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The Language of Flowers is an interesting, but predictable story with symbolism and appeals to the senses that make it worth reading. The story’s narrator, Victoria, shows the reader a different side of life as she remembers her challenging past as a foster child and describes a present in which she struggles to get by as young woman, recently sent out on her own. She recalls her life, at her ideal home, where she finds love with a woman named Elizabeth. Elizabeth teaches her to interpret and express emotions and see beauty in things through the Victorian “language of flowers.” The symbolism of the flowers and the pictures they paint within the novel are ultimately the highlight of the text, providing images of color and comfort for the reader.

Diffenbaugh succeeds at portraying the effects of a life as a foster child in a way that makes the reader wish things were different. Victoria moves from one home to another, year after year, unhappy, confused and alone.  The reader empathizes with Victoria, as she struggles to make good choices that positively impact her life. The author remains realistic in her depiction of Victoria, never allowing for too much success. This is expected in real life, but the in the novel, Victoria and her future are always predictable. The people involved and outcomes are easy to decipher. But, the flowers bring the book to life.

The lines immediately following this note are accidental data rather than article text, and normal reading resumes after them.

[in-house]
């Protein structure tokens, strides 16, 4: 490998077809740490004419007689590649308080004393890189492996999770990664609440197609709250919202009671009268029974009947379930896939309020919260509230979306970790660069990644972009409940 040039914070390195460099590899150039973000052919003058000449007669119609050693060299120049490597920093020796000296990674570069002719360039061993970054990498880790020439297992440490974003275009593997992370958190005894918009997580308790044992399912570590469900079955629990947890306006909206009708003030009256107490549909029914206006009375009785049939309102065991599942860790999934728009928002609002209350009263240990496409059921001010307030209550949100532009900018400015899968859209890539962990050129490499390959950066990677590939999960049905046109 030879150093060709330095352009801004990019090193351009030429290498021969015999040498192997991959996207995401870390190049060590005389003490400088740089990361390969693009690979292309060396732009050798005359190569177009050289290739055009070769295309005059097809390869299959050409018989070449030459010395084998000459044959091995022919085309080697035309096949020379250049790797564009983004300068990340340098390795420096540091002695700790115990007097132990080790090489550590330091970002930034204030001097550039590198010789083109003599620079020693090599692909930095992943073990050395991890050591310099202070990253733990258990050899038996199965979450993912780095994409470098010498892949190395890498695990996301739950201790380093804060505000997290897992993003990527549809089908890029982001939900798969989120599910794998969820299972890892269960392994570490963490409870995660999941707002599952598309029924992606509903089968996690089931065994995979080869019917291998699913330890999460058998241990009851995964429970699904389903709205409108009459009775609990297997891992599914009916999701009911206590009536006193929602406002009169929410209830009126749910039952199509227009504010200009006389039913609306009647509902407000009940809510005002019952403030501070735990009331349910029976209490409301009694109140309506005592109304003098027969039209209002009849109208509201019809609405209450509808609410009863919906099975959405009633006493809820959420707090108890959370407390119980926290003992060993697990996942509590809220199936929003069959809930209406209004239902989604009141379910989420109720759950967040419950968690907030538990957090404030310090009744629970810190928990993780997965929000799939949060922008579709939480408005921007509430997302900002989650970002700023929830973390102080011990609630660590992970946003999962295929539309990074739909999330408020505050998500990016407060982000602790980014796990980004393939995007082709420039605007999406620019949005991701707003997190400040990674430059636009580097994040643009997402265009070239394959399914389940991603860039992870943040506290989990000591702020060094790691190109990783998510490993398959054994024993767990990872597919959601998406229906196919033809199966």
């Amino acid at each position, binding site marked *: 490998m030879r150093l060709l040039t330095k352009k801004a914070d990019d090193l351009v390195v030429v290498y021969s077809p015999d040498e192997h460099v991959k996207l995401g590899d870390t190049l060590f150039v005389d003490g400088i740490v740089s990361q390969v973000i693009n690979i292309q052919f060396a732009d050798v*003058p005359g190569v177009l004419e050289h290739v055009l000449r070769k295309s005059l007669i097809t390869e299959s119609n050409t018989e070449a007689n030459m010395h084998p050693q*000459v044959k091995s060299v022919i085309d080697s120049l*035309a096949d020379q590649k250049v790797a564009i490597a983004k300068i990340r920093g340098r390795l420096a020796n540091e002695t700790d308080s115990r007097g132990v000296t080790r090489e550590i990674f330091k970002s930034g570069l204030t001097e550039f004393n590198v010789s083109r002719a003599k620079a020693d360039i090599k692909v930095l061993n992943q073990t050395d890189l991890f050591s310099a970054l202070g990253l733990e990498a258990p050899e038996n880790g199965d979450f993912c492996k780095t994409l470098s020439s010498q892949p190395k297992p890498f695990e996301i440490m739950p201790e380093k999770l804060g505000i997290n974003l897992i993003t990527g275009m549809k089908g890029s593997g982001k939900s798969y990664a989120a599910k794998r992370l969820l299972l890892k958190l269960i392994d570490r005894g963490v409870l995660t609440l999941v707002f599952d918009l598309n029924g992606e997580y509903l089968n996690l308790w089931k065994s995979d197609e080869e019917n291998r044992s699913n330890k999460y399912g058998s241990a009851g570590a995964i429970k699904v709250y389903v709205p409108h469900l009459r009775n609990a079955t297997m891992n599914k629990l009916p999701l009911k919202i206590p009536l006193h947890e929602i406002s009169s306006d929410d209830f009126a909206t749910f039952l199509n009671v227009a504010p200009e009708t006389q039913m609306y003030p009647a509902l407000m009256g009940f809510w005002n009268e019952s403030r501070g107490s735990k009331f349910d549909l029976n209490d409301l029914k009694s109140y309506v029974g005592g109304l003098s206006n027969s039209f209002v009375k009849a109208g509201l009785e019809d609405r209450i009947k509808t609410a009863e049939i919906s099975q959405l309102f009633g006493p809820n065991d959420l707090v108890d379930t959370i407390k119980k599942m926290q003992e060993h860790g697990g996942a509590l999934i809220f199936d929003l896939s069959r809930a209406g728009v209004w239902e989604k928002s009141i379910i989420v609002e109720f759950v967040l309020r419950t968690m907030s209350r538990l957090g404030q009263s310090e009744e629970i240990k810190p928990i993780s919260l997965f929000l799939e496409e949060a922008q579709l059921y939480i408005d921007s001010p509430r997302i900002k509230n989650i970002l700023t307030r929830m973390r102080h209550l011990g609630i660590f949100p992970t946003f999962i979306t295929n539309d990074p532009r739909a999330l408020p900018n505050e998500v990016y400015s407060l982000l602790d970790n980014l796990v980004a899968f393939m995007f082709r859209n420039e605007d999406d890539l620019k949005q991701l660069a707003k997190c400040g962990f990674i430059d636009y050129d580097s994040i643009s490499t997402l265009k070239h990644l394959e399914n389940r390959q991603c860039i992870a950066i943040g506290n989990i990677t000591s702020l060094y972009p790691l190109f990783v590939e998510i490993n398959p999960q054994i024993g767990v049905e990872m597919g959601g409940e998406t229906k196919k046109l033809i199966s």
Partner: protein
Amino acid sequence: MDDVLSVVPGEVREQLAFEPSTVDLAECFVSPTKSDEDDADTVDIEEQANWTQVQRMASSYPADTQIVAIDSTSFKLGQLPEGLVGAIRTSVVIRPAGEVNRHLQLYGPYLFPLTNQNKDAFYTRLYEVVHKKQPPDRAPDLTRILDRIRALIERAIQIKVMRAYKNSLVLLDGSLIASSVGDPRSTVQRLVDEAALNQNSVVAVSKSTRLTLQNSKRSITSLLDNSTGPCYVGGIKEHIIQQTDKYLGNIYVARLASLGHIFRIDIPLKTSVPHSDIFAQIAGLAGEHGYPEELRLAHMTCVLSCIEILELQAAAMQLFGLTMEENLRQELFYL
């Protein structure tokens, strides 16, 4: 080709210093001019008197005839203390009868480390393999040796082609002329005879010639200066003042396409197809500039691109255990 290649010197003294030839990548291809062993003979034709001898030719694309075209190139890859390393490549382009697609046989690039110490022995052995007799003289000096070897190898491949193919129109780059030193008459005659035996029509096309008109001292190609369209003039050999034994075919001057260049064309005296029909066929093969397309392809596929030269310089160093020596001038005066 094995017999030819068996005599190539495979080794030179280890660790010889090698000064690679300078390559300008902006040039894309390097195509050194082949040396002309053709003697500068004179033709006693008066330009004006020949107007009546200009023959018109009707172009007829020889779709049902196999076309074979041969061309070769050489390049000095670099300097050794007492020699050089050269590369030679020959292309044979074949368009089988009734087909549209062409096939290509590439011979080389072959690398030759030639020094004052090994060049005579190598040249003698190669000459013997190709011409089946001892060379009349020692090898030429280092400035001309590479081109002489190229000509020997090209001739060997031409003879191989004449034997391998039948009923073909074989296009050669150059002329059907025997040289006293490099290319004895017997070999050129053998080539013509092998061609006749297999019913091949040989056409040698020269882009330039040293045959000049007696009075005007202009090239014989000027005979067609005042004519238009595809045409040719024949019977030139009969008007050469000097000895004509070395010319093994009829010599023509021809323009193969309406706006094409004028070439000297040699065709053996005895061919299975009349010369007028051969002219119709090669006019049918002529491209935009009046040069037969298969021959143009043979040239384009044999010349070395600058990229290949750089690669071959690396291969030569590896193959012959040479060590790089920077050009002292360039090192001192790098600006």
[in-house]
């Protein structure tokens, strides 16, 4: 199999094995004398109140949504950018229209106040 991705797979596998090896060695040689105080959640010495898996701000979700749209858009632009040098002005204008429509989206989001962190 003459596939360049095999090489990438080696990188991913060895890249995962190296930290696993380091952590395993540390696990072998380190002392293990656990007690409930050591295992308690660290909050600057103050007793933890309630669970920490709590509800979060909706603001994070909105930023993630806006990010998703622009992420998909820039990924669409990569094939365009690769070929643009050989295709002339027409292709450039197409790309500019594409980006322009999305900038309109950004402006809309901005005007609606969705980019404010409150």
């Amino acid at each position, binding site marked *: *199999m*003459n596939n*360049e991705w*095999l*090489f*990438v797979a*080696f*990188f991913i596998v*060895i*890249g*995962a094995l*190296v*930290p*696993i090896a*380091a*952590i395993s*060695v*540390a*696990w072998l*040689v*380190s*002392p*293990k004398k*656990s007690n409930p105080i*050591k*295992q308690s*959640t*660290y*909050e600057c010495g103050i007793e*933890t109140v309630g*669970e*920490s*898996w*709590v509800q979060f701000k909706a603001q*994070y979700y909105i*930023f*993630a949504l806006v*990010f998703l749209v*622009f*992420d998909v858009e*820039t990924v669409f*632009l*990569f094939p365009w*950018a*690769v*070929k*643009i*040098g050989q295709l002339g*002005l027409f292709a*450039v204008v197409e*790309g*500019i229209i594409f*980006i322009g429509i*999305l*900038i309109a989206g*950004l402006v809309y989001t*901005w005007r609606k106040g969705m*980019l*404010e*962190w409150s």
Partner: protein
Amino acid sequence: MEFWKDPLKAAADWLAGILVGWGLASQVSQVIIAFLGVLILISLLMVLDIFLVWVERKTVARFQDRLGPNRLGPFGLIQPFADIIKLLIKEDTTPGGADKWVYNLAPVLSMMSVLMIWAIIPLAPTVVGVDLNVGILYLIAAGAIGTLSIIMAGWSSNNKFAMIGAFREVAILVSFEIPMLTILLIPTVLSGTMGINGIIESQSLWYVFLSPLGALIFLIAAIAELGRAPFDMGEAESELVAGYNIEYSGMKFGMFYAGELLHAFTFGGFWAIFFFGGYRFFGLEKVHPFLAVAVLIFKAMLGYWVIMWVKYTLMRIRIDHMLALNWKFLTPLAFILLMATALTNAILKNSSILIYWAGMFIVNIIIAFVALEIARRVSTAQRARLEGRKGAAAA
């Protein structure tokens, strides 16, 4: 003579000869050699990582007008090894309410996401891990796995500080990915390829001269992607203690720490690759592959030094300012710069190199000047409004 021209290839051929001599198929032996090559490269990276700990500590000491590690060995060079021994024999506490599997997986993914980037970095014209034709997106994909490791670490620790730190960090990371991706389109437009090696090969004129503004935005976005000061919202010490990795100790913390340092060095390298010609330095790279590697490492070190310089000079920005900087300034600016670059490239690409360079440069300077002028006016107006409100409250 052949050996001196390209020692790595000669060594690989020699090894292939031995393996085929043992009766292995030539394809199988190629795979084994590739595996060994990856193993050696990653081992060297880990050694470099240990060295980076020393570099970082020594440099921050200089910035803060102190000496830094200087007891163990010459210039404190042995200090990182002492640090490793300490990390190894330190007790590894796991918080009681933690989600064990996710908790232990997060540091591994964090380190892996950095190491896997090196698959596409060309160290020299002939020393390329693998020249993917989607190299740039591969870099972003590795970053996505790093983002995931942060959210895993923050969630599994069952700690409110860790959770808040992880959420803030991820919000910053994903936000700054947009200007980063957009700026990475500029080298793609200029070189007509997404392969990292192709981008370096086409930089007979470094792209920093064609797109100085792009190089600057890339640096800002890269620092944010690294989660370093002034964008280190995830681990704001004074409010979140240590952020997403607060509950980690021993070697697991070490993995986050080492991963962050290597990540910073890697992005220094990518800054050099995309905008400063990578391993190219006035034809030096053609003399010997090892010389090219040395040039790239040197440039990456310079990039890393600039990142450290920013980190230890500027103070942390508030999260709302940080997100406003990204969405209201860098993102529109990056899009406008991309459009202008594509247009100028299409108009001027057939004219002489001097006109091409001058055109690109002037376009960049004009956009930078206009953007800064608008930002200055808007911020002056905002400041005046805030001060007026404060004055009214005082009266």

The author interweaves the significance of the language of flowers into Victoria’s life. She remembers, first, learning how Victorians used dictionaries to express ideas and emotions with flowers, each one had a corresponding meaning.  While Victoria’s life is often sad and lonely, there is always light and happiness to be found in her mindfulness and interpretation of the natural world. The reader is reminded of the power of thought and perception. The reader feels the calm and clarity Victoria experiences through the  plants, sun, bouquets of flowers. Even when it seems to the reader as though Victoria isn’t trying to improve her life or move on, she uses the language of flowers to propel herself forward. There is a lesson to be learned from Victoria, and her ability to use what she knows to feel better, get a job, and support herself with little help from others.

This is a story people enjoy reading, because it is an honest tale of struggle, which reminds people that hope can be found in unlikely places. Diffenbaugh’s use of the language of flowers to represent optimism is an inspired touch, which resonates with readers, because we know the positive impact sights and scents have on the senses. Read and enjoy!

Final Star Rating: 3 out of 5 Stars